A type of arthritis that primarily affects the joints of the spine, ankylosing spondylitis begins with inflammation at the points where tendons and ligaments attach to bone.
The effects of ankylosing spondylitis are cumulative as inflammation causes vertebral bone erosion, tissue scarring, and worsening symptoms. This process can eventually lead to new bone formation and spinal joint fusion.
Lower back pain that gets worse with rest and radiates down the buttock and thigh is a typical early symptom of ankylosing spondylitis.
This article provides an overview of the development and progression of ankylosing spondylitis.
How Ankylosing Spondylitis Affects Joints
Ankylosing spondylitis is a condition that affects mainly the fibrous tissue junctions where ligaments and tendons attach to bone, called entheses. Entheses are also referred to as insertion sites, osteotendinous junctions, or osteoligamentous junctions.1 There are two types of entheses:
- Fibrous entheses, in which the fibrous tissue of the tendon or ligament attaches to the bone.
- Fibrocartilaginous entheses, in which the connection between tendon or ligament and bone is augmented with fibrocartilage. The stiff fibrocartilage helps absorb some of the physical stress experienced at these connections.
Inflammation most often occurs in fibrocartilaginous entheses,2 and this inflammation is called enthesitis.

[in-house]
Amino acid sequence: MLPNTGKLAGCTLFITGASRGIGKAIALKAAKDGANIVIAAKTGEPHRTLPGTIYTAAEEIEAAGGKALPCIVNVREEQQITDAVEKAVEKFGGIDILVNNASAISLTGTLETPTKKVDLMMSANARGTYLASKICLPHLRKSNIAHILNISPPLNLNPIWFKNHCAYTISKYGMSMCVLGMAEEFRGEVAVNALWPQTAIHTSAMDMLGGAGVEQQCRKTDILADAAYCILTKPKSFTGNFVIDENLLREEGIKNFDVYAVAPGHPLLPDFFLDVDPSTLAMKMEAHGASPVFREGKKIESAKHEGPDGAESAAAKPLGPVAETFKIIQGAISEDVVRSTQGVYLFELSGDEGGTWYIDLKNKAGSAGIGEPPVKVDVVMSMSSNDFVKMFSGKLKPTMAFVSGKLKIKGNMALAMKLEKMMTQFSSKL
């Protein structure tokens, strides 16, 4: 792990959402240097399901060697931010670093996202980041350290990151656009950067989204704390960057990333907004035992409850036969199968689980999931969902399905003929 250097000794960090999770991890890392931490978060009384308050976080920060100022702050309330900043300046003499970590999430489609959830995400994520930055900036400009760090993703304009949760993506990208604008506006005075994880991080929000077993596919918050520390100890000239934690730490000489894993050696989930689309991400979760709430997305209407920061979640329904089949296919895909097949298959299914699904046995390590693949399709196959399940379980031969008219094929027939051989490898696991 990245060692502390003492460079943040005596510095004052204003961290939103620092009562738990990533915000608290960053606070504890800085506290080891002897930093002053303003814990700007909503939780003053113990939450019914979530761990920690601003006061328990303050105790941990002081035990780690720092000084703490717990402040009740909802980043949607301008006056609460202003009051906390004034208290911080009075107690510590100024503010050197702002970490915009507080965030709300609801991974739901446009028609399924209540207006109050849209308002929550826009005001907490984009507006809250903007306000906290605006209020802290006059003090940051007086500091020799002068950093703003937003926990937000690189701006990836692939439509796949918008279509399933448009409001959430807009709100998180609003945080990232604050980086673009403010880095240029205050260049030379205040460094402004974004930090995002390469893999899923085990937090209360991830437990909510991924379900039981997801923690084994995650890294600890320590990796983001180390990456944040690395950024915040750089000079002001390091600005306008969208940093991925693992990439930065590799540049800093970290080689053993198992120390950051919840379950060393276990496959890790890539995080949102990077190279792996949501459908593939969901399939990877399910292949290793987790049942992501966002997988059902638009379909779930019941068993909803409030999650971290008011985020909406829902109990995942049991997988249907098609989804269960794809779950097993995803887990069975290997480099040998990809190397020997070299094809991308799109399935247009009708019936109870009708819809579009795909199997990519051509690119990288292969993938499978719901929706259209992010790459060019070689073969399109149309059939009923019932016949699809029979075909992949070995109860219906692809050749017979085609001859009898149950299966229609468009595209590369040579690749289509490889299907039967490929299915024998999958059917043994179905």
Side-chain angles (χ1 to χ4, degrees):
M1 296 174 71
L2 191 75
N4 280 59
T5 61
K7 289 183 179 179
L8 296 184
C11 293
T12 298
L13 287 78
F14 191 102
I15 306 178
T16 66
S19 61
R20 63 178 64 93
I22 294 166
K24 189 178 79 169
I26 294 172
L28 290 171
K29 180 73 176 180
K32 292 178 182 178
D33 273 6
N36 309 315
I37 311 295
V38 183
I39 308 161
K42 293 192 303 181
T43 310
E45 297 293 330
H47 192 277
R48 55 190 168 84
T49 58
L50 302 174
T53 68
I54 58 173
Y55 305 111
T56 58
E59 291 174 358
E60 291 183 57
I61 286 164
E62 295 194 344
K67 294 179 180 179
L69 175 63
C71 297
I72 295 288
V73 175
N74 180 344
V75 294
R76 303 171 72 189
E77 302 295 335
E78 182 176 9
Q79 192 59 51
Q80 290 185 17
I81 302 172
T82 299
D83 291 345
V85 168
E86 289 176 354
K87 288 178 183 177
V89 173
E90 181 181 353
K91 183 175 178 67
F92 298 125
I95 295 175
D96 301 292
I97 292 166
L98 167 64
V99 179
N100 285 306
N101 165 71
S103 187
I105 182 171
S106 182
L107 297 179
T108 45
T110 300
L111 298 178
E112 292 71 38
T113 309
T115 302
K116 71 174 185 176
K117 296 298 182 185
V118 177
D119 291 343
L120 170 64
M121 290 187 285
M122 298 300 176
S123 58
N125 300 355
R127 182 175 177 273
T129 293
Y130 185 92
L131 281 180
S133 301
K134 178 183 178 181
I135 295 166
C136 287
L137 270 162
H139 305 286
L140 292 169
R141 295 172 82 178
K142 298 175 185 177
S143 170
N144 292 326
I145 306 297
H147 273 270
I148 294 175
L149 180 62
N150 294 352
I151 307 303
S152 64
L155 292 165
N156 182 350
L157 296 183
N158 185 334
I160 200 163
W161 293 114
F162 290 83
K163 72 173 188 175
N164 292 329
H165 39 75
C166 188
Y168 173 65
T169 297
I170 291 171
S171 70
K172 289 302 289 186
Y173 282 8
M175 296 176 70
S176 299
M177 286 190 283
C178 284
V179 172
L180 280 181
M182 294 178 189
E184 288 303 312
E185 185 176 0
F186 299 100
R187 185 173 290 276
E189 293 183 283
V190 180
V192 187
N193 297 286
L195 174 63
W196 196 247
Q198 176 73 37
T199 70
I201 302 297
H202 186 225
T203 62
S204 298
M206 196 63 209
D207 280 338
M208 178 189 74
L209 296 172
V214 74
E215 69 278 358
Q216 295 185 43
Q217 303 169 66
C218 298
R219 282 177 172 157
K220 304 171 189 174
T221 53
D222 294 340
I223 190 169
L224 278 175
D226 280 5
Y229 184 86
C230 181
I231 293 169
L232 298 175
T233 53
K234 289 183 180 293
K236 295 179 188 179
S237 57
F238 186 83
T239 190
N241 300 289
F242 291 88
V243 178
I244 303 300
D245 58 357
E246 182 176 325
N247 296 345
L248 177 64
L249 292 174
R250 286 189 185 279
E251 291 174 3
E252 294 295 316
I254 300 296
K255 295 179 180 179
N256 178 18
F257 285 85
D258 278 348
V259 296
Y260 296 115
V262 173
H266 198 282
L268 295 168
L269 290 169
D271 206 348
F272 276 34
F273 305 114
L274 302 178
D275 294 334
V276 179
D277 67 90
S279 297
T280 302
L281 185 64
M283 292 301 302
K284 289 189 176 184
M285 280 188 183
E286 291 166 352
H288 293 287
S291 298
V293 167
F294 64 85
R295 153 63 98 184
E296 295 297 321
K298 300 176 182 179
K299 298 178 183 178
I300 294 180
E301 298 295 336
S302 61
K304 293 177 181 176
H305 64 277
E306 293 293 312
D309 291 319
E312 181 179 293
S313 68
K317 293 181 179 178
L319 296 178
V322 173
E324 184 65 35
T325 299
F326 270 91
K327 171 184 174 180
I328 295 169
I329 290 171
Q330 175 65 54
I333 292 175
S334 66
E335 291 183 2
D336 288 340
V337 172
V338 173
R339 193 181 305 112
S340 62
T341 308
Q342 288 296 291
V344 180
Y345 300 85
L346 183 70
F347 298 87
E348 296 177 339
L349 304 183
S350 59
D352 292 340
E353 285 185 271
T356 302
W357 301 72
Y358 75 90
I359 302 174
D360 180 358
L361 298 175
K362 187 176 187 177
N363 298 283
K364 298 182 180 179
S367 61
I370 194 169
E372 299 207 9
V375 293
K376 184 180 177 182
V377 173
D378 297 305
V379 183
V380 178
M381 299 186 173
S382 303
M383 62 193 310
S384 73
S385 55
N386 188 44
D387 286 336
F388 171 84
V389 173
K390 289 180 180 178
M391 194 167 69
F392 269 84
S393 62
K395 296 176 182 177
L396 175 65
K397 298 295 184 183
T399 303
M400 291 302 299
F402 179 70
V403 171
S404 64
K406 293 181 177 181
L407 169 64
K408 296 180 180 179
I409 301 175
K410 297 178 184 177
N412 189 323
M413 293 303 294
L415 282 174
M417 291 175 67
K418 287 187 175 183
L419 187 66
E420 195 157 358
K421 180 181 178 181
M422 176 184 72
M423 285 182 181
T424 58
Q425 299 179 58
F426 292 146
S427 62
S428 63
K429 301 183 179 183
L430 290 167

Ankylosing Spondylitis Symptoms
Enthesitis is the first stage of ankylosing spondylitis development, and it sets into motion a cascade of changes in the surrounding bone and soft tissue:
- Inflammation of the entheses (enthesitis) causes erosion of bone at the point of contact
- Calcification (extra bone growth) occurs as a natural response to the erosion
- Scarring of the surrounding tissues (e.g., ligaments and tendons) can occur. Extra bone formation occurs in response to the scarring.
Left untreated, this cycle of inflammation, calcification, scarring, and bone formation can recur repeatedly, causing the pain and stiffness that characterize ankylosing spondylitis. The condition most commonly affects the joints in the spine.
In addition to spinal changes and symptoms, some people with ankylosing spondylitis may experience symptoms outside of the spine, including chronic inflammation of the heart and eyes, and/or reduced lung capacity due to poor chest movement and scarring. Because of the possibility of these symptoms, people with ankylosing spondylitis are encouraged to have a rheumatologist manage their ongoing treatment.